YouTube removed two videos by independent journalists documenting the riots in the Capitol, including one from a progressive news agency. This leads to frustration that Google’s own company’s efforts to combat right-wing misinformation are harming bona fide journalism.
Videos from the Capitol uploaded by an independent journalist and progressive news agency … [+]
Los Angeles Times via Getty Images
YouTube on Wednesday removed a video from the progressive news agency’s Status Coup showing a Capitol police officer being knocked down by rioters in a door that has since been licensed by CNN and the Guardian, the Daily Dot reported for the first time.
YouTube also recorded a video by independent journalist Ford Fischer, who uploaded footage of former President Donald Trump’s speech and the reaction of the crowd before rioters stormed the Capitol – a pivotal moment in Trump’s impeachment complaint.
In notices to both channels, YouTube stated that “content that makes false claims that widespread fraud, error or disruption changed the outcome of the 2020 US presidential election is not allowed on YouTube”.
Both Fischer and Status Coup co-founder Jordan Chariton told Forbes they were baffled and angry that YouTube couldn’t tell the difference between raw footage designed to document a historical event and conspiracy theorists who purposely promote misinformation about the election .
It’s unclear whether the YouTube algorithm falsely tagged both videos, but in a series of tweets the company said Fischer’s videos “do not contain conflicting views or adequate context of the claims made in the footage,” and then demonized his entire account. (YouTube didn’t immediately respond to a request for comment from Forbes and didn’t publicly respond to the Coup status.)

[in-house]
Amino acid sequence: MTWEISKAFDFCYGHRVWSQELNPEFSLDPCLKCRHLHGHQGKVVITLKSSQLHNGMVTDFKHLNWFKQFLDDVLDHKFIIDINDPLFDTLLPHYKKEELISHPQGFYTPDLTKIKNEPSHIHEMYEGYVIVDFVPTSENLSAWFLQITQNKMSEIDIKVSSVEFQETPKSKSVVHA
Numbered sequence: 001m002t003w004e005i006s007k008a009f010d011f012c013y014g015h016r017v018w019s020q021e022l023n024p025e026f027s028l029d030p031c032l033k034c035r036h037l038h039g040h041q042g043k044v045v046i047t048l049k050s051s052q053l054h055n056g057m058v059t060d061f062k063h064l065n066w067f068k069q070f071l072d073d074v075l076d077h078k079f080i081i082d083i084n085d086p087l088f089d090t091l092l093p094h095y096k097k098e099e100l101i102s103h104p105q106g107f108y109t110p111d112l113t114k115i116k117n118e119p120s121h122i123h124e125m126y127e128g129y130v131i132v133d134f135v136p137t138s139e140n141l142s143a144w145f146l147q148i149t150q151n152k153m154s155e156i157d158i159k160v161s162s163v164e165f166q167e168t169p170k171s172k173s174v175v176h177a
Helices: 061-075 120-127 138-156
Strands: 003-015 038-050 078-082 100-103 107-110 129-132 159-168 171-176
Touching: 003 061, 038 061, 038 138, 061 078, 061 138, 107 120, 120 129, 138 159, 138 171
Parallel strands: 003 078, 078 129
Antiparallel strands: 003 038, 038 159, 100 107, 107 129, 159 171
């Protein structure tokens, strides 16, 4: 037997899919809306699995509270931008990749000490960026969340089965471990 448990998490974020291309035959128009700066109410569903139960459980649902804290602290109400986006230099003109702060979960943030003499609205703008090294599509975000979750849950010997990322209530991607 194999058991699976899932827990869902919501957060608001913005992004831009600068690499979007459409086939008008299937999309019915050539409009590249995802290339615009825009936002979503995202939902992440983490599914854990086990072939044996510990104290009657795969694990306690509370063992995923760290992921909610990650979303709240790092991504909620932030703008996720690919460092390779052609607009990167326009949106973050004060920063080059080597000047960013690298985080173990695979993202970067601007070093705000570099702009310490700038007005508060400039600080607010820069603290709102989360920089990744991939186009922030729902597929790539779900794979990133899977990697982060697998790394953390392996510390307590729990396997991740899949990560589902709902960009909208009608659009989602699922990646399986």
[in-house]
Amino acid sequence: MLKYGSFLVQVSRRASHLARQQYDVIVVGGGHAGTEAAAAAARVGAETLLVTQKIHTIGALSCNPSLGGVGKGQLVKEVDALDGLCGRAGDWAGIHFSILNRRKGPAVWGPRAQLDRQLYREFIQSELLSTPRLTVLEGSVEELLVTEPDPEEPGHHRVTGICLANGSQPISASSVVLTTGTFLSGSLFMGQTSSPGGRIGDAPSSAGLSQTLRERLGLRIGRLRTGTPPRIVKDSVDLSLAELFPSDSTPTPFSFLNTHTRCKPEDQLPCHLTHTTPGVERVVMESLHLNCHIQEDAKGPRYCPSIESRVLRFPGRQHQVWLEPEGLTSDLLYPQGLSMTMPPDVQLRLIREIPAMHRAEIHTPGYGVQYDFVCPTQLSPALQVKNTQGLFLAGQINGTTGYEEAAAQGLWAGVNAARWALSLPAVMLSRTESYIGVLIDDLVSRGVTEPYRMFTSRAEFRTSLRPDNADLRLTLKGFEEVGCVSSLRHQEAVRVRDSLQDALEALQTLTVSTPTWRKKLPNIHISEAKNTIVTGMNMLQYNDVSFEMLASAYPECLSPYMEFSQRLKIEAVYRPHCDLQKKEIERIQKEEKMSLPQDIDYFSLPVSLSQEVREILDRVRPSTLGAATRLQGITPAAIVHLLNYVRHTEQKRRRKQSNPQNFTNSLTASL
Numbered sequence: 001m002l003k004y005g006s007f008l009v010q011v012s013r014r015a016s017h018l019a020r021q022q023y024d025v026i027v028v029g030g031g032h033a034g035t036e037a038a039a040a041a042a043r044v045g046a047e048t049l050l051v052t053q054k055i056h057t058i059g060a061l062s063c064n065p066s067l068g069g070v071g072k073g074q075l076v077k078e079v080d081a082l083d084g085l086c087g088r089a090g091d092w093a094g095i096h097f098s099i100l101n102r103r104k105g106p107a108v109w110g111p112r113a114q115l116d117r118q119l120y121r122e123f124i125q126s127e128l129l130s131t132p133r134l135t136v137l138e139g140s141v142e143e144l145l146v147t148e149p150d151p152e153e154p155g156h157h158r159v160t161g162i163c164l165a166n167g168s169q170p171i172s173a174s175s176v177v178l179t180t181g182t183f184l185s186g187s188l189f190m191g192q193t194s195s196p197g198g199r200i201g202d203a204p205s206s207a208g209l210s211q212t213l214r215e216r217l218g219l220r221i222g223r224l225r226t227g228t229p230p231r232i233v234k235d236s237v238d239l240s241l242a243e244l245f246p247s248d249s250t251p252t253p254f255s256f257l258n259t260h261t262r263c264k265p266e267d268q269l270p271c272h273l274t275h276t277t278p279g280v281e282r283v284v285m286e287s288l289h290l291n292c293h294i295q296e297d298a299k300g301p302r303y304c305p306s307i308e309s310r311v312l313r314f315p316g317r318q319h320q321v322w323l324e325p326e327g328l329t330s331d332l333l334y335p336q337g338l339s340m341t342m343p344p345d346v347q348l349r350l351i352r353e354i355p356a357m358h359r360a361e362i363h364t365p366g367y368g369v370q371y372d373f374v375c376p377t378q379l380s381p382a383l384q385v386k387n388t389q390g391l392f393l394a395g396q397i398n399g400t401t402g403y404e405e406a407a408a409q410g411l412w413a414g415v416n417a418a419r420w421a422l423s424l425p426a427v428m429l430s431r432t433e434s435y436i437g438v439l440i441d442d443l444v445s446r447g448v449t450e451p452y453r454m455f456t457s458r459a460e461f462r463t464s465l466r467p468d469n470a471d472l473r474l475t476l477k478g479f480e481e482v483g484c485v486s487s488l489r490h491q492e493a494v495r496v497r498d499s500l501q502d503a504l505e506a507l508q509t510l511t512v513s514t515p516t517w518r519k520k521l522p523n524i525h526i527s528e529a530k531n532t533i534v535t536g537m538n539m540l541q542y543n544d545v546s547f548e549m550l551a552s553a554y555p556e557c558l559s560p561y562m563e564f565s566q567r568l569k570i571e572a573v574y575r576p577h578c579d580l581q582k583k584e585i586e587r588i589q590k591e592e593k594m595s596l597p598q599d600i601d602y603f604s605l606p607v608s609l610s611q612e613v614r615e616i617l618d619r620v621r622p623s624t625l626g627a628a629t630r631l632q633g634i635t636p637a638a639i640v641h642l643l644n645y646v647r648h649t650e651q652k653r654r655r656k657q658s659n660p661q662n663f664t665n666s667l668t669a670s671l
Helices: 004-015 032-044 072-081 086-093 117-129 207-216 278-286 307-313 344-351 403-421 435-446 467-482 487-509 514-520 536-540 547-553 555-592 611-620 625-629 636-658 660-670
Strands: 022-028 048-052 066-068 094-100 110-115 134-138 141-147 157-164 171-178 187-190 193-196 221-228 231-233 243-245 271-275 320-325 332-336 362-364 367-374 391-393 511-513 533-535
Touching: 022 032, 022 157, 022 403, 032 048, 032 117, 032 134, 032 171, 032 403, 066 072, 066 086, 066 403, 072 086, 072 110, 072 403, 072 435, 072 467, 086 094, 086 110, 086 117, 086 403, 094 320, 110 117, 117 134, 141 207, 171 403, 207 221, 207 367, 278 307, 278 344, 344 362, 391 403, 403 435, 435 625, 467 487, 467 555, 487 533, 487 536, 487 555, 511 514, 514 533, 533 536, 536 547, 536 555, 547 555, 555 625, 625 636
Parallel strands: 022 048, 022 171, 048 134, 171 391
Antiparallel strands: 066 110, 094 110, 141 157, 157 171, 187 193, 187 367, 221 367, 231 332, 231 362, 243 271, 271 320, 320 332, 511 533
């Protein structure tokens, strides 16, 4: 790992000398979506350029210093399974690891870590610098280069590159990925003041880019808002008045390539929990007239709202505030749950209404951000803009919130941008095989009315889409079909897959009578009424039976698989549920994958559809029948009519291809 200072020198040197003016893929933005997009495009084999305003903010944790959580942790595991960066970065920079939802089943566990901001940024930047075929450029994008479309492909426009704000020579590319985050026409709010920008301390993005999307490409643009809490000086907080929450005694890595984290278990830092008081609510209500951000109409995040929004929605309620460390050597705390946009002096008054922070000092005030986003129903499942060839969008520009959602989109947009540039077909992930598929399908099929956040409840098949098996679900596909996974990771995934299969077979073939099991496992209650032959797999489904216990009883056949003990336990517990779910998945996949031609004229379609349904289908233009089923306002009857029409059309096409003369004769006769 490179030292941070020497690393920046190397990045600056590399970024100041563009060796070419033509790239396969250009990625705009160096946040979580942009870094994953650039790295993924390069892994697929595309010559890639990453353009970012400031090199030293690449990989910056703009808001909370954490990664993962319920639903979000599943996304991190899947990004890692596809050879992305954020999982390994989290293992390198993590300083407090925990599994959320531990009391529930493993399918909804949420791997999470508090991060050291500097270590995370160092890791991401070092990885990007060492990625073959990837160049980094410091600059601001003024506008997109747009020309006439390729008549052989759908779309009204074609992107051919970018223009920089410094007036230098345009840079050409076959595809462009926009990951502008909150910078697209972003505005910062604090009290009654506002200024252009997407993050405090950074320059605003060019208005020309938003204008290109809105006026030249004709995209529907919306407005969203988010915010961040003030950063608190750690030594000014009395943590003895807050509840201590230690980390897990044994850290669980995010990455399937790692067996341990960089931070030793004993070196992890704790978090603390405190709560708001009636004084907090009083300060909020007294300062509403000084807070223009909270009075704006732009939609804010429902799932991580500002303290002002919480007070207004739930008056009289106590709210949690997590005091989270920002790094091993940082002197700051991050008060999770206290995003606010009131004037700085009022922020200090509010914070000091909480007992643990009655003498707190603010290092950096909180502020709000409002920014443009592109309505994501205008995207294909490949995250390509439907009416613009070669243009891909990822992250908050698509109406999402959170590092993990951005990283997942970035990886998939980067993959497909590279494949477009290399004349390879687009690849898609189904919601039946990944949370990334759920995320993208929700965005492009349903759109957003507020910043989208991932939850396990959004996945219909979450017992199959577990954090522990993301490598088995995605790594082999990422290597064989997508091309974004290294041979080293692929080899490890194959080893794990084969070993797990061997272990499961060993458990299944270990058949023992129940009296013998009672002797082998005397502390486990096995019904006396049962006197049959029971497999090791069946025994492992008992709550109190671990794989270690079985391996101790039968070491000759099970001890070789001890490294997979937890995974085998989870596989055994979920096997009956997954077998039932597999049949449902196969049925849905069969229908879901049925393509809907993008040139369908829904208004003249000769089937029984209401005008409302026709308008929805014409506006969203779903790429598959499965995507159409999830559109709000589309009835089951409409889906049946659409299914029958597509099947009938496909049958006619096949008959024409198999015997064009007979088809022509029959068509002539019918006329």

However, this policy does not appear to be enforced against news outlets like NBCNews and Telegraph, who uploaded raw material of the speech with no additional coverage or context, according to the Daily Dot.
After the election, YouTube was criticized for moving more slowly than other platforms in fighting misinformation in elections. It was only in December that it was decided to ban content that contested the election result. And after the January 6 attack caused by conspiracy theories about the elections, both Twitter and Facebook have banned Trump indefinitely, while it took Youtube a week to announce a suspension. Even so, all of the major social media networks have outraged Republicans and other critics who say that big tech has too much control over the internet. Some have already warned that raids could lead to unintended consequences.
YouTube’s handling of the Status Coup has led Chariton to consider how tech companies deal with misinformation. After the attack on the Capitol, Chariton believed that outlets promoting conspiracy theories should be “taken out of thin air.” But now he says that those who “do not directly encourage violence” have the right to “spit out misinformation and / or conspiracies disguised as journalism”. “There are no Silicon Valley platforms that openly make decisions to avoid having rules algorithmically dictating what is and isn’t trustworthy news,” he said.
Fischer said his video of the crowd singing “Fight for Trump” before the attack was critical to the public as Trump would stand trial in the Senate for instigating the uprising. Jay Ulfelder, a collaborator at the Carr Center for Human Rights Policy at Harvard, wrote in an email to YouTube that Fischer’s videos also serve as vital archival material for future scientists who want a better sense of what happened than ours Make data or other news sources available. “
This is not the first time that YouTube takes action against Fischer and Status Coup. In 2019, Fischer was demonized in a crackdown on Holocaust denialism after two of his videos were removed. The first featured pro-Palestinian and pro-Israel protesters hitting a Holocaust denier at this year’s American Israel Public Affair Committee conference. The other was raw material from a speech by neo-Nazi Mike Peinovich Enoch. Fischer didn’t advertise the views shown in the footage, but it still took seven months for YouTube to monetize his channel again. Meanwhile, Status Coup had a livestream of a rally of the Second Amendment, which was suspended last month for violating YouTube’s guns policy.